What is Co-Parenting? Part II
By SUSAN GRIFFIN
PART II: Co-Parenting Is for Every Parent
We now move forward with a clearer understanding that Co-Parenting is happening in all families around the world. Parents are naturally emotional about their children. It is important that parents make a commitment to learn to separate their Emotional Mind from their Wise Mind. Making such a commitment allows both parents to gain the necessary skills to model emotional intelligence and emotional processing. We teach our children through our own processes. Our goal as parents is to make logical decisions once we understand our emotional responses or reactions.
Wise Mind Decision Making
Everyone has emotions and life experiences that shape us and make us who we are. It is true that sometimes our emotions, if acted on without understanding, can lead us to the wrong choice. This is why it is important to recognize the difference between our own Emotional Mind and Our Wise Mind. Sometimes, you might not agree with your co-parent’s choice or action and your emotions will take over your mind, creating conflict. But you need to know how to acknowledge and validate this emotion and go back to rationally deciding whether the choice or the action your co-parent makes is better off for your children. Once you can identify the pros and cons of the action or the choice that your co-parent makes, you can better understand the reason behind it and tell whether this is a good or bad decision for your children.
It’s essential that parents learn to respect each other and support each other’s parenting role in order to raise their children together. Parents are role models for their children and their behavior directly influences their children’s feelings, beliefs, values, and behavior. In respecting their Co-Parent, parents recognize and support each other’s differences and decisions. We need to recognize that our Co-Parent has the same authority and responsibility to our children as we do, and allow him/her co-parent to spend quality time with the children without you. This is because children cultivate their relationship with their parents based on the quality time that they spend with their parents.
Each parent brings unique strengths to the roles of Parent and Co-Parent. By respecting our Co-Parent, whether we live together or separately, we are respecting our children as we nurture our child fully. We learn to recognize and nurture our Co-Parent’s contribution to our child/ren’s talents, strengths, as well as their challenges and idiosyncrasies. Our children need both parents to successfully navigate and master their important development milestones: trust, competence, empathy, self-worth, self-esteem, a strong and confident sense of self/identity, and positive relationships with peers and mentors.
Communication is the essential skill that determines the quality of our Co-Parenting relationships. If both Parents are able to communicate their thoughts in a respectful and straightforward manner, this can help them understand each other better so that they can cooperate in Co-Parenting. Equally important is our ability to listen respectfully to ideas, solutions, suggestions that are different from our own. Set regular meetings, once per month if you can. If you know that a topic that you want to talk with your Co-Parent about is a difficult one, sometimes it’s better to schedule an outside meeting or do it through phone calls or emails (reviewed by someone who can help you with your tone) so that you can avoid direct conflict. And prepare. By doing it this way, you often can ease the tension on the topic a little bit and both of you are more able to focus on speaking clearly and listening actively. Parents can make decisions based on effective communication rather than emotion-driven language. With effective communication, both children and parents can create and benefit from a positive environment.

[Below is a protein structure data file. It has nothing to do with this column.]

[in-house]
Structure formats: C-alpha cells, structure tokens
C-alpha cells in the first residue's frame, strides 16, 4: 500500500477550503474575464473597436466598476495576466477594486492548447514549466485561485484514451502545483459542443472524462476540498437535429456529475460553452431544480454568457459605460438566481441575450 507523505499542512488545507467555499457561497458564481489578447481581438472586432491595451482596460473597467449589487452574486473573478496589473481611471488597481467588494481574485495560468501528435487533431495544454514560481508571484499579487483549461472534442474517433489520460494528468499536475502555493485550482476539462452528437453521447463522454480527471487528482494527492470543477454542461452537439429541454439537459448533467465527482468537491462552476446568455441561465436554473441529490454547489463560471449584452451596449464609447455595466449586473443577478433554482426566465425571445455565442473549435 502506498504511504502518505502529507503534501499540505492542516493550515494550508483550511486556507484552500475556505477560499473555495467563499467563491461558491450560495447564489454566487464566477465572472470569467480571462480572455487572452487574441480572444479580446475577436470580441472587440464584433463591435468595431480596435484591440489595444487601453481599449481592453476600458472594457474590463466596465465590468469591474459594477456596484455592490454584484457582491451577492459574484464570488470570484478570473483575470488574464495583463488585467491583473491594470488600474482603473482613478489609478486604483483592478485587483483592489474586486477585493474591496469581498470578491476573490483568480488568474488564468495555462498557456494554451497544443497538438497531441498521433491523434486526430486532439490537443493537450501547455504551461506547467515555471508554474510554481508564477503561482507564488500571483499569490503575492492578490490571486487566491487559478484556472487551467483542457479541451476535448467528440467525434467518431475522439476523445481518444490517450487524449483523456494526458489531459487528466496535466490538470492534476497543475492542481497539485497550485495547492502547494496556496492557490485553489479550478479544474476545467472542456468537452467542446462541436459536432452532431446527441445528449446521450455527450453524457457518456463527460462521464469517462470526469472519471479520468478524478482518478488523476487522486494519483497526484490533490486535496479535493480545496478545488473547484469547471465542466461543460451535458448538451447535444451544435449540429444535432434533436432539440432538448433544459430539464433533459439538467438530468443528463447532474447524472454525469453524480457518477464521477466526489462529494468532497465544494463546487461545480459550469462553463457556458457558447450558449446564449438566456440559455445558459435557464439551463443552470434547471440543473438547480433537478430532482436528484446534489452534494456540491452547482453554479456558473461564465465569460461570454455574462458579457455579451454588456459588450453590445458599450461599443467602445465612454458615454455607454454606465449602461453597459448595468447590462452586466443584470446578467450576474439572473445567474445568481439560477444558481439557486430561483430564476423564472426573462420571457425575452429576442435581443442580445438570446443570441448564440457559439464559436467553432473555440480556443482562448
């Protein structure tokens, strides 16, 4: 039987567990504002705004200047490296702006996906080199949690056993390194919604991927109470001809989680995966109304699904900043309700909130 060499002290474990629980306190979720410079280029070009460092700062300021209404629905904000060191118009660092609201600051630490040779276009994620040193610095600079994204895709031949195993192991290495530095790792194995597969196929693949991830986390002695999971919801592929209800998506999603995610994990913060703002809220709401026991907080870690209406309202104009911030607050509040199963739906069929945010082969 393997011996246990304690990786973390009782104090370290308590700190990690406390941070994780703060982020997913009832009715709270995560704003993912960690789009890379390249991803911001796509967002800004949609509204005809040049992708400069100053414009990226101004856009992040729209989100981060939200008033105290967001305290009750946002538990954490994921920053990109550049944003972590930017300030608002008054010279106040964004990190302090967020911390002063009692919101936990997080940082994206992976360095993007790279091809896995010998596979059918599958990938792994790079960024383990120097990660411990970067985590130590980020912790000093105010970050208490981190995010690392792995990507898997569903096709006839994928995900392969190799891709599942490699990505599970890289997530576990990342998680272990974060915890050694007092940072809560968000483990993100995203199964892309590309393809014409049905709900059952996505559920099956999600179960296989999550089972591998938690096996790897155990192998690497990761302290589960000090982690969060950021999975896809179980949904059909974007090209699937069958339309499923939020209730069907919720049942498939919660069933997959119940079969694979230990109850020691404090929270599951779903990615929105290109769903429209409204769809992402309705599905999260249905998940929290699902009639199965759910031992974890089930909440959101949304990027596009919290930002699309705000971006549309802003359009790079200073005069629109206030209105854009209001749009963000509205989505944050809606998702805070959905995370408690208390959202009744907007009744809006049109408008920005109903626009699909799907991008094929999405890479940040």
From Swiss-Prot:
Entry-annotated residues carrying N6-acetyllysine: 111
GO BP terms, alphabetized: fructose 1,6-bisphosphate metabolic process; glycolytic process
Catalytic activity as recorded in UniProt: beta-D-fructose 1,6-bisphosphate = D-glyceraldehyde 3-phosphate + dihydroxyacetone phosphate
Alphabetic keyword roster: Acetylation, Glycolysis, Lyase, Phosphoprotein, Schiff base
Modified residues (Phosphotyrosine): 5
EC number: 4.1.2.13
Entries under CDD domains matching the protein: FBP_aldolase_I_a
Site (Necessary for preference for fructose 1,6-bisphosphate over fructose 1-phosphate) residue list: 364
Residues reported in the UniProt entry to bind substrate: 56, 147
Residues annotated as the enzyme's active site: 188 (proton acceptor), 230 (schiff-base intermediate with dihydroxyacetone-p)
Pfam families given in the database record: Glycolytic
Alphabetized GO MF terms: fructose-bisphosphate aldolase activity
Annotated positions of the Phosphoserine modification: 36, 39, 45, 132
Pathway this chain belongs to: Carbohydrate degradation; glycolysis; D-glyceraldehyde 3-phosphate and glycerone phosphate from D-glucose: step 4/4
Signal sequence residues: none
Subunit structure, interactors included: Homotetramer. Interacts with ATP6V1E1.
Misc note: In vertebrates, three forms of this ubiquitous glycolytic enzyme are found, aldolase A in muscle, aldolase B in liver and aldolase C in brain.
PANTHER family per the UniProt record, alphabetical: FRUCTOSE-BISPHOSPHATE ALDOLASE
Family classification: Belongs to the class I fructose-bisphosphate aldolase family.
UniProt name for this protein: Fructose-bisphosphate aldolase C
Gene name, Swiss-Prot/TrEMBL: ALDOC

This is why Co-Parenting is for every Parent. When we decide to bring a child into the world, we become not only a Parent but also a Co-Parent. This is a decision for life because Parents and Co-Parents are forever. Our thoughtful focus on our own Co-Parenting role allows us to develop and become a more effective Parent. Positive Parenting and Co-Parenting creates a warm and positive family environment. Children thrive when they have strong and close relationships with each Parent. Hannah’s House is here to support Parents and Co-Parents as they work to raise our shared next generation of hope for a brighter future.
Hannah’s House supports Parents, whether they live together or apart, as they strive to Co-Parent peacefully. We help all families who are challenged by difficult transitions in the life of the family. These transitions may include new parents welcoming a child; Parents struggling with toddler time; a new diagnosis for a child or a parent – physical, mental, cognitive, emotional, behavioral; sibling rivalries; screen addictions; an unexpected loss or death in the family; parental separation; abuse/neglect of a child by a trusted person; violence in the home and/or the community; and many more. Hannah’s House works to build resilience in children, minimize stress for each person in the family; support the healing of each family member; and reduce conflict that causes harm to a child’s social, emotional, and cognitive development.
One of our free community services for parents throughout our county is the San Diego Parenting Helpline. Call 1-833-Our-Kidz today for a free consultation counseling appointment.